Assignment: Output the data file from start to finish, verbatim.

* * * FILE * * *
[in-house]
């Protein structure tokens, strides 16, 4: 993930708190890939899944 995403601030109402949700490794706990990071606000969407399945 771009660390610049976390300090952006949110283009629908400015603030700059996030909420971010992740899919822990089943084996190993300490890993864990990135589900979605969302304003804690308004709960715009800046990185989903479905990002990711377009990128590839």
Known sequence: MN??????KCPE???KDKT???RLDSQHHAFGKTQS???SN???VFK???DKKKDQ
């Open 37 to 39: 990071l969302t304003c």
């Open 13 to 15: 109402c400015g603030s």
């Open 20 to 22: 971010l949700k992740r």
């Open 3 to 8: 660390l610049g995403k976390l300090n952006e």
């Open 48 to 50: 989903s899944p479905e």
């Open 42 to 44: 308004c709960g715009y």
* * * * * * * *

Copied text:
[in-house]
């Protein structure tokens, strides 16, 4: 993930708190890939899944 995403601030109402949700490794706990990071606000969407399945 771009660390610049976390300090952006949110283009629908400015603030700059996030909420971010992740899919822990089943084996190993300490890993864990990135589900979605969302304003804690308004709960715009800046990185989903479905990002990711377009990128590839």
Known sequence: MN??????KCPE???KDKT???RLDSQHHAFGKTQS???SN???VFK???DKKKDQ
């Open 37 to 39: 990071l969302t304003c």
């Open 13 to 15: 109402c400015g603030s």
């Open 20 to 22: 971010l949700k992740r």
């Open 3 to 8: 660390l610049g995403k976390l300090n952006e």
């Open 48 to 50: 989903s899944p479905e």
């Open 42 to 44: 308004c709960g715009y």